Michael Horton writes that mentoring provides a holistic approach to an individual's development and should not be overlooked in the L&D mix
Each year, Australian businesses spend sizable sums on staff training in an effort to raise skills and improve performance. Yet many could enjoy far better returns if those investments were instead focused on mentoring.
Structured, one-on-one mentoring provides an opportunity for a more holistic approach to an individual's development. Rather than the focus being on the acquisition of qualifications, it becomes about the person's performance across all areas of their life.
This is not to say that skills-based training doesn't have a place. Clearly, staff need to have the knowledge and experience required to fill their role. However mentoring goes way beyond this, helping to guide and nurture individuals as they progress along their chosen career path.
Mentoring is particularly powerful when it comes to addressing the lack of gender diversity that exists within Australian businesses. With just 12 female CEOs in ASX 200 companies, there is clearly work to be done. Mentoring can assist the female leaders of tomorrow gain the focus and confidence they need to move to the next level.
Mentoring in action
As a practical example of the power of mentoring, HCL Technologies recently held its second Women Lead Australia program. Conducted over a 13-week period earlier this year, the program paired 15 mentees with mentors from a broad cross section of Australian businesses.
The program involved a series of workshops and one-on-one coaching sessions during which the professional and personal aspirations of each candidate were explored and a plan established for future development.
The results speak for themselves. Of the 15 candidates who completed the program in June, five have already either been promoted or changed role within their organisation. Others have made significant changes in their personal lives that will propel their career development in the future.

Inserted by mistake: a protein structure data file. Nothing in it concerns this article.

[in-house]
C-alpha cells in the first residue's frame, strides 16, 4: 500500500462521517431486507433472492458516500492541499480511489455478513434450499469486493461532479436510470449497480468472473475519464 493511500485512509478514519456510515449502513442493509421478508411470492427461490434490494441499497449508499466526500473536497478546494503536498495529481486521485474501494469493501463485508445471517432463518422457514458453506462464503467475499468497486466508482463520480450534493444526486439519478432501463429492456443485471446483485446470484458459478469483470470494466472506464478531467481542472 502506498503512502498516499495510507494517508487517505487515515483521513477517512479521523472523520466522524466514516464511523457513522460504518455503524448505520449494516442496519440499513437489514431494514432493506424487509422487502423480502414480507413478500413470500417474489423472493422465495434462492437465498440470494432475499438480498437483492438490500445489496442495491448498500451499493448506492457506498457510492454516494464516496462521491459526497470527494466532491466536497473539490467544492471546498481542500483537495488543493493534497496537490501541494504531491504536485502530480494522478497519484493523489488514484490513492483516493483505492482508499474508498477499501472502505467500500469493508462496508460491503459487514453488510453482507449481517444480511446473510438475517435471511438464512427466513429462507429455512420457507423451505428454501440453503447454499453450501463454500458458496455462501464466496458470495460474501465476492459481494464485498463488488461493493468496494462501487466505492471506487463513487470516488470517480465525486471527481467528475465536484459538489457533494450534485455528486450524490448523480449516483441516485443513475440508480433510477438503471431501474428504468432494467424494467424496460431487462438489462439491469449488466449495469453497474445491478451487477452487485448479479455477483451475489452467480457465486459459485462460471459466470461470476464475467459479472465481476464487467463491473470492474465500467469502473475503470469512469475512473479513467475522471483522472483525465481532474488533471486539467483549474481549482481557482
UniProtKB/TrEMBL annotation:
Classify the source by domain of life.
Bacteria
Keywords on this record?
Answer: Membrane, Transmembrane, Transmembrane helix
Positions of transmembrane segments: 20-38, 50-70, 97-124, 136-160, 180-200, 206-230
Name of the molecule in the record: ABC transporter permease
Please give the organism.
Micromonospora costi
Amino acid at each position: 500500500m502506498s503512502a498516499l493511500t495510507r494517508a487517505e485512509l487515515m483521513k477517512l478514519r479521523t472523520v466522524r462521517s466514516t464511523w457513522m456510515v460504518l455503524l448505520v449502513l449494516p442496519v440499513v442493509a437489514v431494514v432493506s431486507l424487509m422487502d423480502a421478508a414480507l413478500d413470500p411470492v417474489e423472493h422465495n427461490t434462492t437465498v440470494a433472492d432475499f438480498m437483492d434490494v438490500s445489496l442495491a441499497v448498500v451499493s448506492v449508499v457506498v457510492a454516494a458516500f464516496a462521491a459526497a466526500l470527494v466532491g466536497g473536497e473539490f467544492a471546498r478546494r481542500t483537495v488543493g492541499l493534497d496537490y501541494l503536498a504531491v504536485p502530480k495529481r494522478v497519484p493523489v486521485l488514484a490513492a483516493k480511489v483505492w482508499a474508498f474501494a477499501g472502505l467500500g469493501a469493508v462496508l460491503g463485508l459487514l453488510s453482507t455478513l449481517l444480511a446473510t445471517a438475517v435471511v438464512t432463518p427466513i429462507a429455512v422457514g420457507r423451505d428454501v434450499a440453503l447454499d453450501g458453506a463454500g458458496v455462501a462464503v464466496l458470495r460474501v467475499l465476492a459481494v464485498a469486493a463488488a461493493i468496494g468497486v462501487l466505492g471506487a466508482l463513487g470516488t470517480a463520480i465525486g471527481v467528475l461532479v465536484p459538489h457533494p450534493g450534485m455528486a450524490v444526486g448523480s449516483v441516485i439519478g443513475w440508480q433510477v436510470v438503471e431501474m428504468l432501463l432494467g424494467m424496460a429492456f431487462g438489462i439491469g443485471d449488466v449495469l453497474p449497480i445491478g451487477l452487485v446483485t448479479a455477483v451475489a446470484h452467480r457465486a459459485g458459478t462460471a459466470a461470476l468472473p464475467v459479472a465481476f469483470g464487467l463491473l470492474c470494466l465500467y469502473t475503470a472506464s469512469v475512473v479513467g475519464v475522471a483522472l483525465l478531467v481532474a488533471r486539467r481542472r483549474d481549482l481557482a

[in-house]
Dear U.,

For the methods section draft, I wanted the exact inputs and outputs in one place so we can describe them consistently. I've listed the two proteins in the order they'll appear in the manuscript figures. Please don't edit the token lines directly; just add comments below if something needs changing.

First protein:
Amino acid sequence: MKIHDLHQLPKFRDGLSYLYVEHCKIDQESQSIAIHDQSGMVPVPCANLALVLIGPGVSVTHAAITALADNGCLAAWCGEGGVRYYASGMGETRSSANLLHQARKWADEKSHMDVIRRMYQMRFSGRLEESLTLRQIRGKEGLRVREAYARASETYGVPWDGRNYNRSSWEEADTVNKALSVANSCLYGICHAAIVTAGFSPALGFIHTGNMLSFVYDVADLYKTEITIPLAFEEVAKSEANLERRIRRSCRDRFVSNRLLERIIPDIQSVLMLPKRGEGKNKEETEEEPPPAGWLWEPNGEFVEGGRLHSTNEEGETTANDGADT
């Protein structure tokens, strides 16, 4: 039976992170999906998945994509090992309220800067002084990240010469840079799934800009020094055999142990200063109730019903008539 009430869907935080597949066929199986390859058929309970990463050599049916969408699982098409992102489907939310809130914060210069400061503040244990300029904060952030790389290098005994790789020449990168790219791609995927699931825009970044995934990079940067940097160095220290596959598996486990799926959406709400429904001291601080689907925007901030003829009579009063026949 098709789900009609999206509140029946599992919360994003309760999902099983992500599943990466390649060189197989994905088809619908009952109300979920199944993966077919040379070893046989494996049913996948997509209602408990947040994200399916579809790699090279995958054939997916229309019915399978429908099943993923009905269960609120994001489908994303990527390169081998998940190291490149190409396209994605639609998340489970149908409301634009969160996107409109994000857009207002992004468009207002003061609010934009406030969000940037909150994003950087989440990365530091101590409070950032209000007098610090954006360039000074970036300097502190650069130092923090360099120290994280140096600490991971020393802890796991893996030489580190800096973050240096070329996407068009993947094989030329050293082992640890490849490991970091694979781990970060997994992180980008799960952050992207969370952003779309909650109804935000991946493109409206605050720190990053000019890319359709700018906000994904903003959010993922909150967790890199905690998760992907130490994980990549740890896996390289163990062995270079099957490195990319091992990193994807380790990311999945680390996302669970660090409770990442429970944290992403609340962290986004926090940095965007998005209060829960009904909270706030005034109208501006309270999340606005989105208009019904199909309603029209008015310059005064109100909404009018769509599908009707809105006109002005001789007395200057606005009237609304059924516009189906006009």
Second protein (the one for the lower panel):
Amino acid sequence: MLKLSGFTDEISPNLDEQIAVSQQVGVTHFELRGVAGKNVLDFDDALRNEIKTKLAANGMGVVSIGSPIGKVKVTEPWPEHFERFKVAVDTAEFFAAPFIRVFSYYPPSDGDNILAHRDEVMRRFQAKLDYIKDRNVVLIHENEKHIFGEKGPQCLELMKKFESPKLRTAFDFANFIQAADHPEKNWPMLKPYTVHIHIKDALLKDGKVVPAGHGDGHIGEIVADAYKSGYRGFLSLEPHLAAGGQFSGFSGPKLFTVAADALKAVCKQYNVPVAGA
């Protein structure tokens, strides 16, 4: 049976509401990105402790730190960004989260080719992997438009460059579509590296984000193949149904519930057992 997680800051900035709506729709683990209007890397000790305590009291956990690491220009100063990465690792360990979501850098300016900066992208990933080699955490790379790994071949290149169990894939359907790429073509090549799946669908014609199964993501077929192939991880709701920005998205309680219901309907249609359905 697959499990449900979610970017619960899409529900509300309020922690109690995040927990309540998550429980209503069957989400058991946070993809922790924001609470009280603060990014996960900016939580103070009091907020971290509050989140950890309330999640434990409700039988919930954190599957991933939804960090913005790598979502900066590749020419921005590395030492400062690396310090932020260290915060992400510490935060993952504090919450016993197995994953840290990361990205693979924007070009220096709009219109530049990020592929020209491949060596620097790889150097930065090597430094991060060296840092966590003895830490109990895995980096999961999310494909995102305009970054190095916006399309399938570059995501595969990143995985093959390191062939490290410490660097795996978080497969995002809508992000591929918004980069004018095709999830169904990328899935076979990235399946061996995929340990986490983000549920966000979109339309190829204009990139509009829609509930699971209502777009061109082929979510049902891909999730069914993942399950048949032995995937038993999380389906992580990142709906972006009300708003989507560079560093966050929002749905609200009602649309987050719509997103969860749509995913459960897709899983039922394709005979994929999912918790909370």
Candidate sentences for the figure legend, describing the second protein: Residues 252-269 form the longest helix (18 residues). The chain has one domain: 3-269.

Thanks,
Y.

Mary-Anne Kamel, Managing Director at MAK Executive, says these outcomes clearly demonstrate the power of mentoring. Responsible for guiding both mentees and mentors throughout the program, she was impressed with the enthusiasm of all involved and the progress that was achieved.
"The program was clearly a catalyst for change," she says. "It provided a time for reflection and gave participants an opportunity to assess their priorities and focus on those areas in which they needed to develop."
Mary-Anne says her measure of success for a mentoring program is whether it triggers change for those involved. This could be a major change, such as a promotion, or a more subtle shift such as a strategy for tackling a difficult situation.
"It's like planting seeds," she says. "They are likely to grow at different rates and you may not know the end result for quite some time. This is the case when it comes to mentoring."
The Women Lead Australia program also demonstrated mentoring can be a two-way process. While the mentees clearly derived benefit from their involvement, the mentors also reported gaining fresh insights into themselves and their careers.
The mentoring exchanges are set to continue with many of the parties involved planning to continue their newly established professional relationships. This demonstrates that the value of mentoring can continue well after formal schedules of meetings have been completed.
While mentoring clearly delivered significant benefits to those involved, it also requires significant commitment. For people with already busy lives, this means allocating time and headspace to work on strategies and map out a plan of action.
Encouragingly, all 15 participants in Women Lead Australia maintained momentum for the full 13-week program. This was despite heavy workloads and events that placed pressure on their personal lives.
"Mentoring only works if both parties, the mentor and mentee, are 100 per cent committed to the process," says Mary-Anne. "You need to recognise from the outset that getting the results you seek is going to require a significant level of sustained effort."
Participants should also recognise that discussions around new ideas and approaches must be followed by putting those ideas and approaches into action. Mary-Anne terms it "closing the knowing-doing gap".
"We can know a lot of things, but it's when that knowledge is put into action that the benefits are realised," she says.
A holistic approach
The power of mentoring comes from the fact it treats people as people, rather than a resource that needs to be trained to fill a particular role in a business. By taking into account past experience and future aspirations, it can help nurture and steer people to greater heights.
People often identify themselves with their career, but at the end of the day they are not a role or a title, they are a person, and mentoring can have a significant positive impact on all areas of life.
The success of Women Lead Australia is proof of the power of mentoring. By following a similar process, Australian businesses can ensure they are nurturing the leaders of tomorrow.
About the author
Michael Horton is Senior Vice President and Country Manager Australia and New Zealand, HCL Technologies